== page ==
Complexions Contemporary Ballet visited Parma and Luca Vantusso was there to capture a programme including pieces by the company’s Artistic Director Dwight Rhoden – Ballad unto and Stardust.
Choreography: Dwight Rhoden
Music: Johann Sebastian Bach
Costume Design: Christine Darch
Lighting and Set Design: Michael Korsch
Music by Johann Sebastian Bach (Chromatic Fantasy and Fugue and Partita #2 – Chaconne) filled the theater as seven couples danced with high energy, an energy that never quit throughout. The frenetic pace never let up. Every note was choreographed, never a change of pace. There were moments of fluidity, broken by awkward poses. About half way through the piece, the girls changed their pointe shoes for ballet slippers. Nothing else changed, not the pace, not the vocabulary, not the feeling.
The Philadelphia Inquirer
In fall earth tones, the bare-chested men and the women en pointe formed patterns as dizzying as leaves swirling in a backing wind, then settled into calmer movements, as though the wind had died down. A difficult section where the women leaned back with arms locked around the back of the men’s necks and the men’s hands cradled the women’s buttocks as they swung them out in circles was polished with precision and not too fast to miss.
The Net York Times – Gia Kourlas
“Ballad Unto …,” set to Bach and originally choreographed for Tulsa Ballet. A work for 14 dancers who fade in and out of Michael Korsch’s dewy lighting, this ballet, an exploration of facets of love, echoes Mr. Rhoden’s narrow choreographic palette with several pas de deux. Interspersed between group sections, they draw on George Balanchine’s neo-Classical aesthetic, but too often feel like parody.
Complexions – the company blurb
“Complexions was founded in 1994 by Master Choreographer Dwight Rhoden and the legendary Desmond Richardson with a singular approach to reinventing dance through a groundbreaking mix of methods, styles and cultures. Today, Complexions represents one of the most recognized and respected performing arts brands in the World. Having presented an entirely new and exciting vision of human movement on 5-continents, over 20-countries, to over 20-million television viewers and to well over 300,000 people in live audiences, Complexions is poised to continue its mission of bring unity to the world one dance at a time.”
A Ballet Tribute to David Bowie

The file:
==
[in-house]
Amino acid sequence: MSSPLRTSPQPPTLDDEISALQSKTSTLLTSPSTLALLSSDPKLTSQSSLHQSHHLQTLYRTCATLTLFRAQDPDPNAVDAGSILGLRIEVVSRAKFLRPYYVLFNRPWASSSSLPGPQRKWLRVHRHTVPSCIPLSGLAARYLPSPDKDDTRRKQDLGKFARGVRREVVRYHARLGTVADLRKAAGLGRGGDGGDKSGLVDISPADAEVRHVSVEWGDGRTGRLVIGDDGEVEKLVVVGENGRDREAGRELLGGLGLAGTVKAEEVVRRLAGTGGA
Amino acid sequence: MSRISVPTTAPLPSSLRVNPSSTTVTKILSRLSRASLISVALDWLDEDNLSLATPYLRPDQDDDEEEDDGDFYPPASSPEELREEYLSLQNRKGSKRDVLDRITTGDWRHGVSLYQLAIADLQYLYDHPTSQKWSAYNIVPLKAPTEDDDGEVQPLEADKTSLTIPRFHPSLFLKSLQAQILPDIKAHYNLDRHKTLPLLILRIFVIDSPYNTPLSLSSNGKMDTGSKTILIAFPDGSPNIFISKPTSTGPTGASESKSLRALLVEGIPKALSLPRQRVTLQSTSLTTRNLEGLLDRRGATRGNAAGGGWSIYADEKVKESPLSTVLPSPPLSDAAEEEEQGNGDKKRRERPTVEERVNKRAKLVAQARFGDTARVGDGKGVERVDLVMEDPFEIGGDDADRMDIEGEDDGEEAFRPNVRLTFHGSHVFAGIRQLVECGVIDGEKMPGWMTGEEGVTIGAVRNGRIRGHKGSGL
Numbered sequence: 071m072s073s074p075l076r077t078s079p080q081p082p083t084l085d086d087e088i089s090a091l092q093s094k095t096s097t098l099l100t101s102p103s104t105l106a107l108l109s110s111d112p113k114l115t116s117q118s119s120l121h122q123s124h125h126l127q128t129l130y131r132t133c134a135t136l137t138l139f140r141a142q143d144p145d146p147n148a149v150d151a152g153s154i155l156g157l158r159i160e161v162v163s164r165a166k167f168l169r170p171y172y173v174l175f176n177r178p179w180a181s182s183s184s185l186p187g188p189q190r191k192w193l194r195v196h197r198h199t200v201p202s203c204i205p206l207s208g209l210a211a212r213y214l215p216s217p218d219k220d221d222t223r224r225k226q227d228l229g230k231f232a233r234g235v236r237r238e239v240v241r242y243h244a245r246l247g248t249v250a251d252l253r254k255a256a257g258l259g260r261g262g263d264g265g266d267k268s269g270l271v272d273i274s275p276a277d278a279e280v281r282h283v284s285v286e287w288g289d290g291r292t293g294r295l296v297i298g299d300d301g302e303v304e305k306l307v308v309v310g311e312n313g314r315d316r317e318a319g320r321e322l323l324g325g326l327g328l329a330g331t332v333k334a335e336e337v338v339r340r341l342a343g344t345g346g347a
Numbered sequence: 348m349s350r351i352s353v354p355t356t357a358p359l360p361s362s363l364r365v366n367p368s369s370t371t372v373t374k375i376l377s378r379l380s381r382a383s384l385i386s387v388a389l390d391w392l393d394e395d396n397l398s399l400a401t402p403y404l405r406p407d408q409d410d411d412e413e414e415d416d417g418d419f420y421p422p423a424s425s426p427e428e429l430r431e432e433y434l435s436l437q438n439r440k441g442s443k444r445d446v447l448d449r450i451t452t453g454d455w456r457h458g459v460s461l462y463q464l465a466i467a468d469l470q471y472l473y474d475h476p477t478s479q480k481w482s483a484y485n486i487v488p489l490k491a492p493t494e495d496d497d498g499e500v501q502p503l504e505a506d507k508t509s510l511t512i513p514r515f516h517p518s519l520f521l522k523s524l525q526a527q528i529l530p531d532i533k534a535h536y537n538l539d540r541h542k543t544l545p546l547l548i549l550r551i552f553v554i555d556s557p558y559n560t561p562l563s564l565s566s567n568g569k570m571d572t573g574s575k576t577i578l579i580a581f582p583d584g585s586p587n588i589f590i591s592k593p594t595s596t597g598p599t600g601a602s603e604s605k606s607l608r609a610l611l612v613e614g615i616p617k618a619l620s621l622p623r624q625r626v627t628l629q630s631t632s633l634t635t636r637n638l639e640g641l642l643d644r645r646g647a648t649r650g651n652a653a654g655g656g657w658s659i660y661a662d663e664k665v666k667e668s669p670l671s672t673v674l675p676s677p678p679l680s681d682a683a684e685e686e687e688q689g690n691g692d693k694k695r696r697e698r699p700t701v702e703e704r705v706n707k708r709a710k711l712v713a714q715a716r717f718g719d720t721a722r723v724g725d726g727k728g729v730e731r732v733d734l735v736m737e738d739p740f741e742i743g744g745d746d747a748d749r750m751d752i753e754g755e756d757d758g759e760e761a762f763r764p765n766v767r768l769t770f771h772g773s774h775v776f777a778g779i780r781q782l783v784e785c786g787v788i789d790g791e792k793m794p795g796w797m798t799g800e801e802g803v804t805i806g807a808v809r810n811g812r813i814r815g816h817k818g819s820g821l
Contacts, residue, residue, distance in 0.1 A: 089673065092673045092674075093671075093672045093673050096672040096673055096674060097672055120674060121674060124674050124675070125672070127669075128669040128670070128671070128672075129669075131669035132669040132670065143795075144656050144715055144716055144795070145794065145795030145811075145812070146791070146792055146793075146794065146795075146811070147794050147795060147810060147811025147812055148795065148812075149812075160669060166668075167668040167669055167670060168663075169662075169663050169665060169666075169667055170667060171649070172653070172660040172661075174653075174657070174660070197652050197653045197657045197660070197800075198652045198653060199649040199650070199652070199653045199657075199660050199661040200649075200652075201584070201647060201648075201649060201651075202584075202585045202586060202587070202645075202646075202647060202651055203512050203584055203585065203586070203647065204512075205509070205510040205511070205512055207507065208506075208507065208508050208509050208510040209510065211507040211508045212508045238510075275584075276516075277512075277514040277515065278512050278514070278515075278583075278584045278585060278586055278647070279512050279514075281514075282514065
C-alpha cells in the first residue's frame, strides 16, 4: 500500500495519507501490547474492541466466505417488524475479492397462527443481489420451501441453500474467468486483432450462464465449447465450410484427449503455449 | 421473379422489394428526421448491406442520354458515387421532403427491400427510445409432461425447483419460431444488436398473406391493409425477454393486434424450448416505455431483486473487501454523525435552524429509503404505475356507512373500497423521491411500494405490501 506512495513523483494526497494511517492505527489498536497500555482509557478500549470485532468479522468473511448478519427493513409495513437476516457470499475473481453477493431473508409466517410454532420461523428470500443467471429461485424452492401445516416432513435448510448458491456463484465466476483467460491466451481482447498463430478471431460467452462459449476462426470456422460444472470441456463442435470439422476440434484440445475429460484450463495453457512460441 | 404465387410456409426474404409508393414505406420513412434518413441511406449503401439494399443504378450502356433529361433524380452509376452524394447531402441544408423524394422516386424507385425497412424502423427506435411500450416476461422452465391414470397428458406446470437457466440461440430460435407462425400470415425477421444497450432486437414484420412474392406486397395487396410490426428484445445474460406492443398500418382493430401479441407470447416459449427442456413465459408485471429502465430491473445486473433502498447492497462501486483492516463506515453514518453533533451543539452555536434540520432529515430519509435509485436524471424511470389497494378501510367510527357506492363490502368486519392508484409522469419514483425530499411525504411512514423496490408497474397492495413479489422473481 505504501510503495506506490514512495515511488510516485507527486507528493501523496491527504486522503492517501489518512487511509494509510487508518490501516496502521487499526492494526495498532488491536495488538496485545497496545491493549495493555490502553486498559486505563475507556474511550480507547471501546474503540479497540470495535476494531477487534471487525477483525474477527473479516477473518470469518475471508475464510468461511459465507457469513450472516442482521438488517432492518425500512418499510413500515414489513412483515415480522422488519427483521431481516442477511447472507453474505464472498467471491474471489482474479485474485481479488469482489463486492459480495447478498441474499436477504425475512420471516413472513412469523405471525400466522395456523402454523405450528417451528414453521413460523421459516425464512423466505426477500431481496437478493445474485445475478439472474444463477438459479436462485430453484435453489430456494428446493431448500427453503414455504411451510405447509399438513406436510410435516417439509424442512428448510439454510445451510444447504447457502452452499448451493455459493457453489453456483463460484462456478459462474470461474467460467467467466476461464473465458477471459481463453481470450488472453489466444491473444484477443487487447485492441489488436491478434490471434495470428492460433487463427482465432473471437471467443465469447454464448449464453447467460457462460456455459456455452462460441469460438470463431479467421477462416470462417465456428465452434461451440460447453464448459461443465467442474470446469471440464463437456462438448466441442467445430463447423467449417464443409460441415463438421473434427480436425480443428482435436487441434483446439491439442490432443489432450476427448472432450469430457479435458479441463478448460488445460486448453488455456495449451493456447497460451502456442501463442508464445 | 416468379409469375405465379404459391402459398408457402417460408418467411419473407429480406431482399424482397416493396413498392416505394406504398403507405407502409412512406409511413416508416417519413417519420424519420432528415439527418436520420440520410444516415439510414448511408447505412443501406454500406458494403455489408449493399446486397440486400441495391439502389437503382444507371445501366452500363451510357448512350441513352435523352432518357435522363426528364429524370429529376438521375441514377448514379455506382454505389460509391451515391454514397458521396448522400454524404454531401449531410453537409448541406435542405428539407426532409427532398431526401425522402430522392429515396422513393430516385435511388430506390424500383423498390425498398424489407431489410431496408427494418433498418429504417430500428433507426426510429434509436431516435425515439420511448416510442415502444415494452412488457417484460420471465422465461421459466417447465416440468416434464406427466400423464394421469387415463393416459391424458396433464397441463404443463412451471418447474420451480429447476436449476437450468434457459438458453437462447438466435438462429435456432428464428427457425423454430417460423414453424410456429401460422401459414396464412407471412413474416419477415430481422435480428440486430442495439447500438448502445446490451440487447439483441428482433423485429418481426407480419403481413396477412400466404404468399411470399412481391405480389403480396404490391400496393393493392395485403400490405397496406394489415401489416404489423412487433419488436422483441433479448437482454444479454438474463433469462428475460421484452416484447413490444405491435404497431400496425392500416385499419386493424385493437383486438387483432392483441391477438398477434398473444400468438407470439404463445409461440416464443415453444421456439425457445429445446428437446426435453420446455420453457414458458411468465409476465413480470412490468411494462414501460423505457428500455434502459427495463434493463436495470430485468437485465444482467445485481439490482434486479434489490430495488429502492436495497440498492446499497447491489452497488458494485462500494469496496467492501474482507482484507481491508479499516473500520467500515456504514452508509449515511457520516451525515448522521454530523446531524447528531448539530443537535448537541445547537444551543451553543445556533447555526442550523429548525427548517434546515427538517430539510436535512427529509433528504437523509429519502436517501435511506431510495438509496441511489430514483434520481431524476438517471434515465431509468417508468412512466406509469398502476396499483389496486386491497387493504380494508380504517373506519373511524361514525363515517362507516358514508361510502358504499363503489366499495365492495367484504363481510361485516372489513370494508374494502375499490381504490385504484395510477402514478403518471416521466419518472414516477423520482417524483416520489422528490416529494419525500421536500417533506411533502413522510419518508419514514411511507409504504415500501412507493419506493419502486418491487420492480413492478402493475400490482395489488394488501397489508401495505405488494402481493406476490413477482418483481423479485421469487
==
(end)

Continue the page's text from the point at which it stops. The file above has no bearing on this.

Choreographer: Dwight Rhoden
Music: David Bowie
Costume Design: Christine Darch
Lighting Design: Michael Korsch
Dwight Rhoden talking to the Los Angeles Times
My message, if there was any message, is that there’s a little Bowie in all of us. That’s because he was so different, and individual, and again he just consistently became anew. It almost felt like every time an album came out, he was in a new place.
He was so courageous and unafraid to reinvent himself over and over and over again, and that was just really compelling as a teenager and certainly into my young adult life.
His music is timeless. It will be the kind of music that people listen to and really recognize a certain time in the world or in your life. I think he chronicled the world we live in, really.
At no point when I was creating this work did I find it difficult to come up with movement. It was one of the most fluid and easy creative processes that I’ve had in a long time. It is so rhythmically dense, there’s so much imagery in the lyrics, there’s so many personas and characters and colors to his personality that it just lends itself to a performance of some kind. And I’m not done. I want more.
Sometimes dance gets the reputation of, you know, it has to be deep, dark and brooding. Sometimes it’s just nice to have a great piece of music and have fun.
Complexions has a loyal fan base and has sometimes been criticised for playing to the crowd. Alastair Macaulay produced one of his most scathing reviews for a Complexions programme.
Alastair Macaulay, The New York Times
All the choreography was by Mr. Rhoden; all was efficiently horrid.
However, Rhoden replies to his critics.
Even if these also aren’t lauded by critics, maybe it doesn’t matter. It’s the audience’s reaction Rhoden seems more concerned about. “I don’t want to have any rules or borders,” he says. And “sometimes I like to send the audience home with something that goes down a little easier,” he adds. “I’m not afraid to entertain you.”